Gun Crime: Don't Let Music Take the Rap
IT'S right to search for the causes of the horrific shooting of two teenage girls in Birmingham, but why blame it on a one-sided view of the lyrics in black music?
There are violent rhymes in rap music - as there are in other musical styles - and most would agree that where art glorifies violence and celebrates misogyny it should be condemned.
How about this: 'I'd rather see you dead, little girl, than to be with another man You'd better run for your life if you can, little girl Catch you with another man, that's the end.' Eminem? So Solid Crew?
No, Lennon and McCartney.
And there are plenty of other examples of hateful, boasting and macho lyrics in British rock and pop.
Many contemporary rap and garage acts have strong anti-violence messages.
For each violent lyric there are some powerful alternatives.
'Every day I wake I feel like crying.
Every second I feel like praying.
Everywhere I turn my people dying, Gun in his pocket and crack in his possession.
Damn hypocrite, don't be disillusioned.
Yeah, life is tough but that's no solution.
You g'wan like yer brave, that's an illusion.' That's from Watch Over Them by Ms Dynamite.
It does more to help our communities' struggle to end violence to highlight the messages of peace by today's young musicians.
Dr BEN BOWLING, King's College, London WC2.
IT'S right to criticise black rap music for promoting gun culture - particularly because it also incites explicit acts of violence against white people.
If white bands released songs asking for blacks to be shot, the liberals in the BBC would be outraged.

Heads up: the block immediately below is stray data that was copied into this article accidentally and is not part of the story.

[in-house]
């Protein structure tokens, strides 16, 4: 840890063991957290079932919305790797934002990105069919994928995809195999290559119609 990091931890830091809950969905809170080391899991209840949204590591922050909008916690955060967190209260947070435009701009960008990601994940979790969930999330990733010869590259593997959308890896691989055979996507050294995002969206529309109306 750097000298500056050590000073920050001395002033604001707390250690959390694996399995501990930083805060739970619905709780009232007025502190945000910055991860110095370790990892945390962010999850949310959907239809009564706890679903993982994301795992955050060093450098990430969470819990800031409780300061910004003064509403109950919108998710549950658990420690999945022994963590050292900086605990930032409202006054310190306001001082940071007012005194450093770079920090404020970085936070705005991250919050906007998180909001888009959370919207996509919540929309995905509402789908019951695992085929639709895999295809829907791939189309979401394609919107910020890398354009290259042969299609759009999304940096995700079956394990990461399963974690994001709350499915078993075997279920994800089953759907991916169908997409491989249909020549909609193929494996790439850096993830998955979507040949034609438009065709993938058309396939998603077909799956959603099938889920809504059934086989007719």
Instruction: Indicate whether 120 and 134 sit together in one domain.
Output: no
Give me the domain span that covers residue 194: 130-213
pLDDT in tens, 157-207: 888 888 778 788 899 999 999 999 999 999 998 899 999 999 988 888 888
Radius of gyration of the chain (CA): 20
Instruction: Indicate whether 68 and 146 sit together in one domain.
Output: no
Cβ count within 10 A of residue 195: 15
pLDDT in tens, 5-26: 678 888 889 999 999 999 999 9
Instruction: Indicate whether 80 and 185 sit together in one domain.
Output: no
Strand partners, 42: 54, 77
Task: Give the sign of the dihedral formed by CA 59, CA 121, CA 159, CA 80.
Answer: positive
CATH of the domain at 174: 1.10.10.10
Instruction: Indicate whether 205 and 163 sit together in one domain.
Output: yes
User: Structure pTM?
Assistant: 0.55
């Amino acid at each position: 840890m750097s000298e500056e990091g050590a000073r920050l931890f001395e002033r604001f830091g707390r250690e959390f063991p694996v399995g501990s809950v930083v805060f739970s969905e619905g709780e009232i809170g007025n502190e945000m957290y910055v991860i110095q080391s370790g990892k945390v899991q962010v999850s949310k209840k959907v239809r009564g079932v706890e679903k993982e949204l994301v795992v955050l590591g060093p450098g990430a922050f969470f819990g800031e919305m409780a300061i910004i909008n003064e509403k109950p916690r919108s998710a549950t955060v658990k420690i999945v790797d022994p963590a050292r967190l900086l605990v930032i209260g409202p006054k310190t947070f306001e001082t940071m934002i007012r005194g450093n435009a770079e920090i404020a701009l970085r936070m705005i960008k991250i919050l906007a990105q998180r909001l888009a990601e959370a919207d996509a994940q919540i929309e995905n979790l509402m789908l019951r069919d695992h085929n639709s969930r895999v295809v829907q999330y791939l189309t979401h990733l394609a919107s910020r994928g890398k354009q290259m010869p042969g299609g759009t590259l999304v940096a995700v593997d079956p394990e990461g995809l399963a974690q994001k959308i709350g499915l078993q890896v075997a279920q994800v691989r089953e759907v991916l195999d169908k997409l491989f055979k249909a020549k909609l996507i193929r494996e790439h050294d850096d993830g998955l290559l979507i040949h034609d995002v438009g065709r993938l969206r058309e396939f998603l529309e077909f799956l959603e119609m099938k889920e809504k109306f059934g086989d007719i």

But in today's politically correct world, it's apparently OK for blacks to spout this hatred against white people, because black people are victims so cannot be classed as 'evil' or 'racist'.
None of these artists has been taken to court under David Blunkett's new law against 'inciting racial hatred'. The BBC actually promotes such racism on its digital black radio station 1XTRA, paid for by TV licence payers.
Note these examples: 'I kill a devil right now, I say kill whitey all nightey long.
I stabbed a ****ing Jew with a steeple, I would kill a cracker for nothing, just for the **** of it.
Menace Clan kill a cracker; jack 'em even quicker, Catch that devil slipping; blow his ****ing brains out.' **** A Record Deal; Menace Clan, Da Hood, 1995, Rap-A-Lot Records, Noo Trybe Records, subsidiaries of EMI.
'Kill the white people; we gonna make them hurt; Kill the white people; but buy my record first; ha, ha ha.' Kill d'White People; Apache, Apache Ain't S***, 1993, Tommy Boy Music, Time Warner.
Excuse the foul language: I'm only quoting the lyrics.
MARK LOND, London E12.
Reap what you rap
LYRICS do influence. As a probation officer in the 1960s, I attended a conference on drug abuse at which a psychiatrist asked: 'Have your parents listened to your teenagers' records?' He saw that words influence people, which is why we have advertising. Yet for more than three decades this idea has been scoffed at - to our detriment.
Now we no longer influence our youngsters with good values such as the Ten Commandments. Instead, we subject them to a constant diet of messages advocating sex, drugs and violence, through TV, films, videos and the music industry, including rap.
We are reaping what we've sown in horrendous social problems and gun crimes.
Are our legislators really so na've that they cannot see cause and effect, or are they part of the problem?
TERENCE SCARBOROUGH, Tavistock, Devon.
IT IS entirely predictable, and wrong, that the Government and other political figures should blame garage and rap music for the rise in gun and drug-related crime. …